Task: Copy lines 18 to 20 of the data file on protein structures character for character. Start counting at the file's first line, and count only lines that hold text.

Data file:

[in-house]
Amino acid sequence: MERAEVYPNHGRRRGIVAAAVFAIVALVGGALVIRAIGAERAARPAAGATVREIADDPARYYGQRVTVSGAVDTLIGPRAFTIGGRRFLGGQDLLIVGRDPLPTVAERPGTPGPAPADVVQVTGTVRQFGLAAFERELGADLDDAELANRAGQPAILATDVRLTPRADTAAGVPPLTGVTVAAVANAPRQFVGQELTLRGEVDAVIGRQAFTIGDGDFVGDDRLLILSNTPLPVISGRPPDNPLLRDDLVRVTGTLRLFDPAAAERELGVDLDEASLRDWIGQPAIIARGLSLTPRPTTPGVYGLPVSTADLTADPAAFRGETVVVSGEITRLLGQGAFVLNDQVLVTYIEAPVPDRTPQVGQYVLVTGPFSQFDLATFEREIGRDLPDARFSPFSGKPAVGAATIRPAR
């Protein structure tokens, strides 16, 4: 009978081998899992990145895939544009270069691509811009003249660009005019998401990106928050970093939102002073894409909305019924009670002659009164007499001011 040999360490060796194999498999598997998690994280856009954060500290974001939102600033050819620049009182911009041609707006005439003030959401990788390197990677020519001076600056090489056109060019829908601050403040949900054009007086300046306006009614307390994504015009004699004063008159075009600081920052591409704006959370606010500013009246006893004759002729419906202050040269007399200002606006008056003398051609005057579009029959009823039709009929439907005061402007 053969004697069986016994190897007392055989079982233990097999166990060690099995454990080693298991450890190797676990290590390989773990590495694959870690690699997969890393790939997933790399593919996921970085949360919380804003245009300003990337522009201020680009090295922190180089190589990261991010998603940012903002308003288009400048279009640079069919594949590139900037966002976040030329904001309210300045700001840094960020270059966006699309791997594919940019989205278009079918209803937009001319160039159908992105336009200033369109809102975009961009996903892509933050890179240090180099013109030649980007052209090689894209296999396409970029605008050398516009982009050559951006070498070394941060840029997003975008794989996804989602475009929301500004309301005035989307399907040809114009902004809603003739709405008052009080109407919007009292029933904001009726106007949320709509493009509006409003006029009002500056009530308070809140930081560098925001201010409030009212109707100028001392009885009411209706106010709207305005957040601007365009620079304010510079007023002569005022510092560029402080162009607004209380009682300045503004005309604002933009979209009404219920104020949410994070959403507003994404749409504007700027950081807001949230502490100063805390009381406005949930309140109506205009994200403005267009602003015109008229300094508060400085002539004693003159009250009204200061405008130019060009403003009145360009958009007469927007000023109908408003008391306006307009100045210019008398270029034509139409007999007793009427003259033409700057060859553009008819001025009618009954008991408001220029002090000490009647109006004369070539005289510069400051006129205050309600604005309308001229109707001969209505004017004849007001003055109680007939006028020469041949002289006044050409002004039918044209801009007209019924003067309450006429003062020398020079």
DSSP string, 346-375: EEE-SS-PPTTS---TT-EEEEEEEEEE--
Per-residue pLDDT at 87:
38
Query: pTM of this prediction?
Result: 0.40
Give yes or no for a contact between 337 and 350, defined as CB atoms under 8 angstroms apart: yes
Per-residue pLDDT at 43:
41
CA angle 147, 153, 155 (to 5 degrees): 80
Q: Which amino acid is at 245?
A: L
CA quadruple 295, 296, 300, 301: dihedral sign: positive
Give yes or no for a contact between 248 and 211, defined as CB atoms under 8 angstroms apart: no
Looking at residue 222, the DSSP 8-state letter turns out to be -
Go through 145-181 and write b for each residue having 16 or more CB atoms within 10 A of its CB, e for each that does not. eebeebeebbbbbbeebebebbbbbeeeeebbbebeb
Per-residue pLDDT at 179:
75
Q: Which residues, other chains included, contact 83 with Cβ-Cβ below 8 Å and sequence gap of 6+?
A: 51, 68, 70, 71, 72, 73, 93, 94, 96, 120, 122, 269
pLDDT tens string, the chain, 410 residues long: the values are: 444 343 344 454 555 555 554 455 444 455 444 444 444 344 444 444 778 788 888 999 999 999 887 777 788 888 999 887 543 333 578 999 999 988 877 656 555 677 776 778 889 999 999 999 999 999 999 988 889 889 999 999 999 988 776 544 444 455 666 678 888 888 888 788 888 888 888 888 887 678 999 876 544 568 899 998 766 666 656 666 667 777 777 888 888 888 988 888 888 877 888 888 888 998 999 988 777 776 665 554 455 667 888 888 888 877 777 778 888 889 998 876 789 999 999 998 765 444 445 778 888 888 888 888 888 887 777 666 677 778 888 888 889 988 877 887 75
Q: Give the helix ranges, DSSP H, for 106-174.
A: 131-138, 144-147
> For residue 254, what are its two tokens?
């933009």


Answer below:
Go through 145-181 and write b for each residue having 16 or more CB atoms within 10 A of its CB, e for each that does not. eebeebeebbbbbbeebebebbbbbeeeeebbbebeb
Per-residue pLDDT at 179:
75